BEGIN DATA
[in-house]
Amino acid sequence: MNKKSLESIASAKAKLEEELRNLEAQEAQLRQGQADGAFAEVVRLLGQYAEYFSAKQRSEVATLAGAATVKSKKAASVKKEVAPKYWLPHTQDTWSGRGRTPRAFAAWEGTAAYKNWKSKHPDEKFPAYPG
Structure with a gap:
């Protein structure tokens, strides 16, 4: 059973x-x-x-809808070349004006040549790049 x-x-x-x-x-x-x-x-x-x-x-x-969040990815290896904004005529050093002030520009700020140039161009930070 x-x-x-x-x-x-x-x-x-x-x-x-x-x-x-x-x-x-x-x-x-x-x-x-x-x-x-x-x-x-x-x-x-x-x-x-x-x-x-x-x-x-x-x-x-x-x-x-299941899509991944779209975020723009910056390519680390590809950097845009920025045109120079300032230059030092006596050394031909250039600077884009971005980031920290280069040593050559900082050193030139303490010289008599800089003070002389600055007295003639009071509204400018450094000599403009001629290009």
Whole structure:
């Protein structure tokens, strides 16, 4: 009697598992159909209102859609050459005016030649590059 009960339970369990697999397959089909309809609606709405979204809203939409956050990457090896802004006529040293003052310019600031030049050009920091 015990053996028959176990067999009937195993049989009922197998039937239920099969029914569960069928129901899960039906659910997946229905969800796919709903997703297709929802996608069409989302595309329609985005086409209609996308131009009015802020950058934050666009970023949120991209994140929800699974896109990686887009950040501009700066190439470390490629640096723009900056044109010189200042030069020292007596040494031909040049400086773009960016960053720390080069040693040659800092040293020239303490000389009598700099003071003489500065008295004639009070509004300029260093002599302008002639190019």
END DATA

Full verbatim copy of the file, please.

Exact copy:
[in-house]
Amino acid sequence: MNKKSLESIASAKAKLEEELRNLEAQEAQLRQGQADGAFAEVVRLLGQYAEYFSAKQRSEVATLAGAATVKSKKAASVKKEVAPKYWLPHTQDTWSGRGRTPRAFAAWEGTAAYKNWKSKHPDEKFPAYPG
Structure with a gap:
């Protein structure tokens, strides 16, 4: 059973x-x-x-809808070349004006040549790049 x-x-x-x-x-x-x-x-x-x-x-x-969040990815290896904004005529050093002030520009700020140039161009930070 x-x-x-x-x-x-x-x-x-x-x-x-x-x-x-x-x-x-x-x-x-x-x-x-x-x-x-x-x-x-x-x-x-x-x-x-x-x-x-x-x-x-x-x-x-x-x-x-299941899509991944779209975020723009910056390519680390590809950097845009920025045109120079300032230059030092006596050394031909250039600077884009971005980031920290280069040593050559900082050193030139303490010289008599800089003070002389600055007295003639009071509204400018450094000599403009001629290009």
Whole structure:
């Protein structure tokens, strides 16, 4: 009697598992159909209102859609050459005016030649590059 009960339970369990697999397959089909309809609606709405979204809203939409956050990457090896802004006529040293003052310019600031030049050009920091 015990053996028959176990067999009937195993049989009922197998039937239920099969029914569960069928129901899960039906659910997946229905969800796919709903997703297709929802996608069409989302595309329609985005086409209609996308131009009015802020950058934050666009970023949120991209994140929800699974896109990686887009950040501009700066190439470390490629640096723009900056044109010189200042030069020292007596040494031909040049400086773009960016960053720390080069040693040659800092040293020239303490000389009598700099003071003489500065008295004639009070509004300029260093002599302008002639190019």